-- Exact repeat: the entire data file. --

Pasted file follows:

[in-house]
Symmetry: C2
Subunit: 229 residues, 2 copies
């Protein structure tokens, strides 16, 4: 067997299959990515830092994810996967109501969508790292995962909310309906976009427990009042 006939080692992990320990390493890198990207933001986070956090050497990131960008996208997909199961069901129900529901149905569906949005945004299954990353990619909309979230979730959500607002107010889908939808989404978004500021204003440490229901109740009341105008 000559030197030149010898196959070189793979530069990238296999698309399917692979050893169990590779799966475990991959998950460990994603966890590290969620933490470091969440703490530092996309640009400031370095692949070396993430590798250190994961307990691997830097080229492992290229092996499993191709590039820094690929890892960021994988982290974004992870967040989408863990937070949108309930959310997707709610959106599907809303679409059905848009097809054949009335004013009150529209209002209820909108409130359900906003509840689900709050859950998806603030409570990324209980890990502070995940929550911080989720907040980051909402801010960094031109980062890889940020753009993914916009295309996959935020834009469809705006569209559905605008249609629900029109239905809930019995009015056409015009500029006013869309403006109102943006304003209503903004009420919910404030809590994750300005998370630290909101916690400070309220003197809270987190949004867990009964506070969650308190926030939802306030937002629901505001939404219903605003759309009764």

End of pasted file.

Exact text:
[in-house]
Symmetry: C2
Subunit: 229 residues, 2 copies
């Protein structure tokens, strides 16, 4: 067997299959990515830092994810996967109501969508790292995962909310309906976009427990009042 006939080692992990320990390493890198990207933001986070956090050497990131960008996208997909199961069901129900529901149905569906949005945004299954990353990619909309979230979730959500607002107010889908939808989404978004500021204003440490229901109740009341105008 000559030197030149010898196959070189793979530069990238296999698309399917692979050893169990590779799966475990991959998950460990994603966890590290969620933490470091969440703490530092996309640009400031370095692949070396993430590798250190994961307990691997830097080229492992290229092996499993191709590039820094690929890892960021994988982290974004992870967040989408863990937070949108309930959310997707709610959106599907809303679409059905848009097809054949009335004013009150529209209002209820909108409130359900906003509840689900709050859950998806603030409570990324209980890990502070995940929550911080989720907040980051909402801010960094031109980062890889940020753009993914916009295309996959935020834009469809705006569209559905605008249609629900029109239905809930019995009015056409015009500029006013869309403006109102943006304003209503903004009420919910404030809590994750300005998370630290909101916690400070309220003197809270987190949004867990009964506070969650308190926030939802306030937002629901505001939404219903605003759309009764």